If you are a person – a thing that lives a life separate to animals and plants – then you THINK. You do it all the time. You QUESTION your existence. For example – when you leave your house in a morning exhausted and brimming with tension because you have a hundred-and-one unfinished tasks to complete, only to turn up at work and be bawled out by your boss about the hundred-and-second task she’s landing you with, you immediately QUESTION her attitude and QUESTION your own ‘putting-up-with-her-particular-brand-of-crap’ behavior.
That process inside your head has a name. It is called philosophizing. You are a PHILOSOPHER.
Now, I’m betting that you never thought you of yourself as a philosopher. This is because philosophy is portrayed as a very difficult discipline, only entered into by men with beards. But at its core, philosophy is just a fancy word for ‘QUESTIONING STUFF’.
Philosophy – or ‘questioning stuff’ – is the basis of all human knowledge: physics, history, psychology, story writing, Pinky and the Brain –EVERYTHING CAME OUT OF PHILOSOPHY. This is because by ‘QUESTIONING STUFF’ we then ‘LEARN HOW STUFF WORKS’.
In order to make this ‘question to how’ process occur, we humans have a magic word. This magic word is not ‘abracadabra’ or ‘Shazam!’ though both of those are also great. We use a tiny word that looks inconsequential when written down and yet is the most powerful word in the world. And that is:
‘Why?’ is what makes us different from everything else. It means we are neither cat nor dog, nor fish, nor fowl. This teeny word is the essence of humanity; it is what it means to think. In short, it is what another human being or philosopher called Descartes meant when he wrote:
I think, therefore I am.
Or, to be really fancy, the same phrase in Latin is:
Cognito ergo sum.
In short, if you are human you cannot avoid asking questions. So don’t bother to resist – just go with the flow. Accept it, Philosopher – you were born to ask ‘Why?’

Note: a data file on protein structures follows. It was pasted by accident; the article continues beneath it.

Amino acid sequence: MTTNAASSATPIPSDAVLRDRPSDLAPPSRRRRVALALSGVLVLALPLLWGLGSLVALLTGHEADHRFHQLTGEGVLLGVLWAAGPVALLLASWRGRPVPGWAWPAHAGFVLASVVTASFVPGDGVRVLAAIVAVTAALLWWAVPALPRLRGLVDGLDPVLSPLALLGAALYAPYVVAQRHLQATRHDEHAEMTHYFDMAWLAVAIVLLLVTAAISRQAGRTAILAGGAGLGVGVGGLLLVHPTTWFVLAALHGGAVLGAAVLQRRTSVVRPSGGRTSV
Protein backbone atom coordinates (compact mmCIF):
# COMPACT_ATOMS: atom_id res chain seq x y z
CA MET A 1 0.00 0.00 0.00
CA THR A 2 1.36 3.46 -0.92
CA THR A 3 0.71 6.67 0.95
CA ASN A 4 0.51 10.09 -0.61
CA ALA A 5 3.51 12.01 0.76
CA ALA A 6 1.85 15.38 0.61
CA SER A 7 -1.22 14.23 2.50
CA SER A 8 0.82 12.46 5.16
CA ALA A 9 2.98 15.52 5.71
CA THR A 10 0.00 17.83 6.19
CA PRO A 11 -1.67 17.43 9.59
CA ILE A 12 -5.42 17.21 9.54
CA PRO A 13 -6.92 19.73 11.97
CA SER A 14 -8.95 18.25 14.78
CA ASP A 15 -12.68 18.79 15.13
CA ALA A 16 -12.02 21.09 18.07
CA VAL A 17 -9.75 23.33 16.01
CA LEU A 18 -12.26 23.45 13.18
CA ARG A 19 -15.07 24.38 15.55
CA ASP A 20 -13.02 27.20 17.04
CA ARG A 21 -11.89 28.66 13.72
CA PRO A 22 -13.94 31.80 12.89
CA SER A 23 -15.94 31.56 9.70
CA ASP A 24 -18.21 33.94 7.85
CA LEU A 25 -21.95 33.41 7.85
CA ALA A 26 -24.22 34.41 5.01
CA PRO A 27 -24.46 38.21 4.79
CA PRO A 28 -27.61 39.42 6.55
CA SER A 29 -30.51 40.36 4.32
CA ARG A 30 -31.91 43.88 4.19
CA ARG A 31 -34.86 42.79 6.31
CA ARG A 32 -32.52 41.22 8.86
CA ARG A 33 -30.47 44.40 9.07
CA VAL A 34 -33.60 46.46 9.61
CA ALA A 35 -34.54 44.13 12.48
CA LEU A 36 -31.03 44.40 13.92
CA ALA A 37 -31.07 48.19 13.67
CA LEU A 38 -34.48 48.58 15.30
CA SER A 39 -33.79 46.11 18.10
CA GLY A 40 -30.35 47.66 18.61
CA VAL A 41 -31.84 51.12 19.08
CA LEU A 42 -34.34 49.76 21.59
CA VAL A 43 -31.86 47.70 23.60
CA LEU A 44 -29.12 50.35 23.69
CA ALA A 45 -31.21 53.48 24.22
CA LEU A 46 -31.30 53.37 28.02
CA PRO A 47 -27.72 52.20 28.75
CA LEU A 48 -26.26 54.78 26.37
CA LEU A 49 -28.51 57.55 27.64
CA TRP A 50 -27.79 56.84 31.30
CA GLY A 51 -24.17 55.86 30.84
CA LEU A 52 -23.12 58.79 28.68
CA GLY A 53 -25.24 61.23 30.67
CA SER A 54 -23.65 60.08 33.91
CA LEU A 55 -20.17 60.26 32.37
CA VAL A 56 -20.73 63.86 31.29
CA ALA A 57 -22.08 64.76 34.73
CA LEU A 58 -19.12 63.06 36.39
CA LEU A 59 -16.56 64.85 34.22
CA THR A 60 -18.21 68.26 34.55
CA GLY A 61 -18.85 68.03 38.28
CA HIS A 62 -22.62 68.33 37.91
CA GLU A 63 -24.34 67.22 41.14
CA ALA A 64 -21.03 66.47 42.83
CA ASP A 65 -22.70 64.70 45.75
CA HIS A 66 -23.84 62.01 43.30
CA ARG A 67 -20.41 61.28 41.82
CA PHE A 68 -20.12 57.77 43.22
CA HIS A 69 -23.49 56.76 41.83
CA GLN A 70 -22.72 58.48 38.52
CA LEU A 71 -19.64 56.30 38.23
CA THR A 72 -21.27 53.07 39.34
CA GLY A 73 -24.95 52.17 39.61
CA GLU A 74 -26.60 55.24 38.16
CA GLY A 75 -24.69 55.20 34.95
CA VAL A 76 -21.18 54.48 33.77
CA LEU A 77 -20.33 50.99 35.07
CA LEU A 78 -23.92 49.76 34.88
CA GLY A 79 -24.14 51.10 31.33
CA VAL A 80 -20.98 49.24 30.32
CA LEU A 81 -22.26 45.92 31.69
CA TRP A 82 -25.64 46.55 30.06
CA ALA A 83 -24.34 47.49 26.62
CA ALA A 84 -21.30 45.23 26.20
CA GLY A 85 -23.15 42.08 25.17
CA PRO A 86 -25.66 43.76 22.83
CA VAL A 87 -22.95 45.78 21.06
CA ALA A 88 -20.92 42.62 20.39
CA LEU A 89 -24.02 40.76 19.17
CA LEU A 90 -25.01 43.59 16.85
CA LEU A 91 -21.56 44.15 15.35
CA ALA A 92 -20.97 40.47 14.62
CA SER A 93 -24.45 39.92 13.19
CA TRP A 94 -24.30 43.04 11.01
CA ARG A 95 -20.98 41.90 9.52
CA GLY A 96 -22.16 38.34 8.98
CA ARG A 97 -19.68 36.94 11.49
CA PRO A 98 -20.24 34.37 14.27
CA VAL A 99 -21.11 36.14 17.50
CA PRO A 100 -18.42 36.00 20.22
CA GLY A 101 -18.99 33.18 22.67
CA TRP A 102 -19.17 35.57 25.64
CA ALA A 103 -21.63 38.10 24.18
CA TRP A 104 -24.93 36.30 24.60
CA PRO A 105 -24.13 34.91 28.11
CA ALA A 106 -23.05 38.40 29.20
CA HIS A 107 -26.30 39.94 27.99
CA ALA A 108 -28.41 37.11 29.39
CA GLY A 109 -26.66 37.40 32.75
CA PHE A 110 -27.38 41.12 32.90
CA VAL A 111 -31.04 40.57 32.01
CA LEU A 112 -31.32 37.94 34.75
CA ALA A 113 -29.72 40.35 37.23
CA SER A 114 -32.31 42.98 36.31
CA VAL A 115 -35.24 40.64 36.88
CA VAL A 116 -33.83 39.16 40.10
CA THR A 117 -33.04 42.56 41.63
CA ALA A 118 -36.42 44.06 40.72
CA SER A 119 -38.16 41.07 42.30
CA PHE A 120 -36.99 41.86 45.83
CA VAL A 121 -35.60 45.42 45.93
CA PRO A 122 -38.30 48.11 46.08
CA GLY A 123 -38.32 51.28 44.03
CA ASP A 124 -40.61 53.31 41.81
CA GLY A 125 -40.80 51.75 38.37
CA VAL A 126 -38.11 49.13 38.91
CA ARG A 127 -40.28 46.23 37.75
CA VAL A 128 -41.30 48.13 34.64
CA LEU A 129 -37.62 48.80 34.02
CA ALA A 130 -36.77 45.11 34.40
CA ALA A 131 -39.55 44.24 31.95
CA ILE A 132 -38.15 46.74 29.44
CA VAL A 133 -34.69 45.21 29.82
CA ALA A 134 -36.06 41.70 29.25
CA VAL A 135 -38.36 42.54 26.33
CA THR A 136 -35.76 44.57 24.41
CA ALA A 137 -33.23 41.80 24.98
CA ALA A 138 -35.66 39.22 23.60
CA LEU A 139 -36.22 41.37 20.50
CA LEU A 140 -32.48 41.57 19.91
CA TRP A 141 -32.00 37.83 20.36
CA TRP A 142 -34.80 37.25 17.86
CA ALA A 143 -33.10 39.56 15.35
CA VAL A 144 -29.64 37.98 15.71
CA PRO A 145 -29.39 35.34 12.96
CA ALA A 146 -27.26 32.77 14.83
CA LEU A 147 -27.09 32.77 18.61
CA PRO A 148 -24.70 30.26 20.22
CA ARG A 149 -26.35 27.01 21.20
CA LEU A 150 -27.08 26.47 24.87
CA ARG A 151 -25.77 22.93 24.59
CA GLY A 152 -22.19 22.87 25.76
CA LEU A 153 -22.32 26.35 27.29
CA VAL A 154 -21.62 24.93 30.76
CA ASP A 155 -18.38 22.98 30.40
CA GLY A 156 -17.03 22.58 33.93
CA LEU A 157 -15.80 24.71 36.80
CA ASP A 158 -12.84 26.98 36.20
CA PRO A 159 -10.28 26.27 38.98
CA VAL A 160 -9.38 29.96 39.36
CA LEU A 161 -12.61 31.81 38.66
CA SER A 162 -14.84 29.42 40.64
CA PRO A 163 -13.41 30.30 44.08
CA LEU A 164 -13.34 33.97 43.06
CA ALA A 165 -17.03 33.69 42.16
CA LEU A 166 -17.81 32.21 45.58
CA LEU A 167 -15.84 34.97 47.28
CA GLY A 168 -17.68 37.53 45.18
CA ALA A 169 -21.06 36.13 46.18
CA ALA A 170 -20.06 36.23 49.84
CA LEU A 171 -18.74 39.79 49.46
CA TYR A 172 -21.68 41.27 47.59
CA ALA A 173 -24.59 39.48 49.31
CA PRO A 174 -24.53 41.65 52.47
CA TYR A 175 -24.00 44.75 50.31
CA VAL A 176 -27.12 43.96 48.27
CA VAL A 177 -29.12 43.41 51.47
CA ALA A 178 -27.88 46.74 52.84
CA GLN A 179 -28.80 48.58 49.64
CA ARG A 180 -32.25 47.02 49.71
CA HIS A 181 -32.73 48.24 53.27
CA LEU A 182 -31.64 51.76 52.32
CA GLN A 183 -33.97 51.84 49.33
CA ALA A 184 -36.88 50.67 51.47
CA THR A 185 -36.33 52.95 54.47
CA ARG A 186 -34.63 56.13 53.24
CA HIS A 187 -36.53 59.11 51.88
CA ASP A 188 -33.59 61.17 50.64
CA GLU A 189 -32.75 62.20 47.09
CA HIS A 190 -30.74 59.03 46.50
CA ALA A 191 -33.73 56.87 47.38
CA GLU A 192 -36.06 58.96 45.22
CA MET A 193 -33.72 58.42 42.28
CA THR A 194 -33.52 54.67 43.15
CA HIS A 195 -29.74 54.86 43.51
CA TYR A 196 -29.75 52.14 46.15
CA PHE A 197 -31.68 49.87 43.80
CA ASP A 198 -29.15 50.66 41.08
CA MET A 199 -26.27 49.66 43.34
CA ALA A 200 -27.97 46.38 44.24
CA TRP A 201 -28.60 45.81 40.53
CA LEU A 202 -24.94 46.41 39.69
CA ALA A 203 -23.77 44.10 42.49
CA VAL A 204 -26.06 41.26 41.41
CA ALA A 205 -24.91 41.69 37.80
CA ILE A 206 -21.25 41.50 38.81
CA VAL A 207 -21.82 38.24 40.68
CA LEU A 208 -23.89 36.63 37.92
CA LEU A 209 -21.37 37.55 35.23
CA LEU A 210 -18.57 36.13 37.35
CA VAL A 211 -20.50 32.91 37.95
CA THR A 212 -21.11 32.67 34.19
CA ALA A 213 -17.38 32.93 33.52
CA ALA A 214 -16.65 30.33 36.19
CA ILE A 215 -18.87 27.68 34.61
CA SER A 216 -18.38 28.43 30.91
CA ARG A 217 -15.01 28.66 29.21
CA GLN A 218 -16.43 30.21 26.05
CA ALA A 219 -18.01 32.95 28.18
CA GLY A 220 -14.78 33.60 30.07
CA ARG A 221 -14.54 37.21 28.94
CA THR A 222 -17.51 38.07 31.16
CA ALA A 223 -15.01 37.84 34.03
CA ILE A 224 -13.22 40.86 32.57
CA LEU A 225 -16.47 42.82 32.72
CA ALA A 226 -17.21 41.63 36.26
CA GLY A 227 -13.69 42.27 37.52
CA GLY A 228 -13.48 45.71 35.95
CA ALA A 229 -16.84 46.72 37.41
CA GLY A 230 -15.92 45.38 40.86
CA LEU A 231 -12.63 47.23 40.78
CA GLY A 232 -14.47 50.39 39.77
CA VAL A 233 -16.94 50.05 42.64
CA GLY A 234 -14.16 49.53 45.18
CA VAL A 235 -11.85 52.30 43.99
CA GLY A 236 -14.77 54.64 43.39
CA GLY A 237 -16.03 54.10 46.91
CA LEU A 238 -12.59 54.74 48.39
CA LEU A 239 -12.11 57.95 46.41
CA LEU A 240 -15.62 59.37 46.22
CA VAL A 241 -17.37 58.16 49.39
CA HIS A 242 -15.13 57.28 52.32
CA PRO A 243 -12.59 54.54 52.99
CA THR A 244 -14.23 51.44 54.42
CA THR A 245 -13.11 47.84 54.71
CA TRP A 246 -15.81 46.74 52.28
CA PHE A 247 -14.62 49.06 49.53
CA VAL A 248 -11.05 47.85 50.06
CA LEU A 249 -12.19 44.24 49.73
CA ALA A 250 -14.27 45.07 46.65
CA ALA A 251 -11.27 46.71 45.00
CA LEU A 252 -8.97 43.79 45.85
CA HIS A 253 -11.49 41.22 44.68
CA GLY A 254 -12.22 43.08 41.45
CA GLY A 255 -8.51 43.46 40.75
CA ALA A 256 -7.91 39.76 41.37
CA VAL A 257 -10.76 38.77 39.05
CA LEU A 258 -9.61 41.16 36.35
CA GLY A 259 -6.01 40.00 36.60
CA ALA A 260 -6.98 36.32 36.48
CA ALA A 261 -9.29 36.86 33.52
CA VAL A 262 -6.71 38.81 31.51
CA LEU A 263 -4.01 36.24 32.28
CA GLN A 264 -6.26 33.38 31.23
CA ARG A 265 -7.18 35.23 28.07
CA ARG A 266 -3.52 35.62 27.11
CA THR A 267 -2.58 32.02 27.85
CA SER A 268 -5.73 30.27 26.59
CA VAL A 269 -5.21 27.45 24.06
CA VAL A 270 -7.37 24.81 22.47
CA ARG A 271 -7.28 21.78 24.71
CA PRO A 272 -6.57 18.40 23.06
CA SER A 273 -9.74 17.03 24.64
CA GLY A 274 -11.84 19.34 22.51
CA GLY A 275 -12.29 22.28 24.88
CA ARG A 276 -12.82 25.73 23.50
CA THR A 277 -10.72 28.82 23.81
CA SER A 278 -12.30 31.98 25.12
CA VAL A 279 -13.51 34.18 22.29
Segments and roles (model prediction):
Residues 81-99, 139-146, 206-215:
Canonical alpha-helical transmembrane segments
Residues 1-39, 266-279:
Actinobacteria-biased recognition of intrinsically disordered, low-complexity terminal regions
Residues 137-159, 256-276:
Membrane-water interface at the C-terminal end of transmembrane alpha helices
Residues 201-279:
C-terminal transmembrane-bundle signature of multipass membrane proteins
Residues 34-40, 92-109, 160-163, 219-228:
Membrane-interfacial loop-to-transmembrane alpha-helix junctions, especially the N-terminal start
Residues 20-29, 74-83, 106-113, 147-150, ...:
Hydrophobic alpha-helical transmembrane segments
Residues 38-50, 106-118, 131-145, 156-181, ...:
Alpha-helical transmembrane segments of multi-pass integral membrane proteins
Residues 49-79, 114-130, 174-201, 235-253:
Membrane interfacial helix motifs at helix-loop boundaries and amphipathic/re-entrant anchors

Why – if you’ll pardon the pun – am I telling you all this? Well – asking ‘Why?’ is the first step in creating a research project. In order to have something to investigate, you need to have a question to find the answer to. However – having the courage to start out on such an exercise is not easy for three reasons:
Firstly, we live in a world full of information, a world where lots of people speak to you from platforms like Twitter and websites. They do their best to convince us all that they asked ‘Why?’ a long time ago and have gotten all the answers so there’s no reason for you to go find them for yourself. Basically it can seem like there’s nothing new to know.
Secondly, a philosopher such as Plato lived three thousand years ago. It was easy for this Ancient Greek dude to sit on a rock, stare at the Mediterranean ocean and have a good think about the nature of his existence. Life was simpler then, answers were easy to come by. Not like now, with millions of books and millions of websites and millions of god-knows-what-else to refer to. Just starting research seems an exhausting task.
Thirdly – and this is the worst one – we may feel awkward asking ‘Why?’ because we feel ashamed by our lack of knowledge, that we might appear stupid by comparison with our peers. This fear may just be a personal misgiving or it may come from a bad experience in college or on a website forum where we asked a question and were made to feel foolish for it.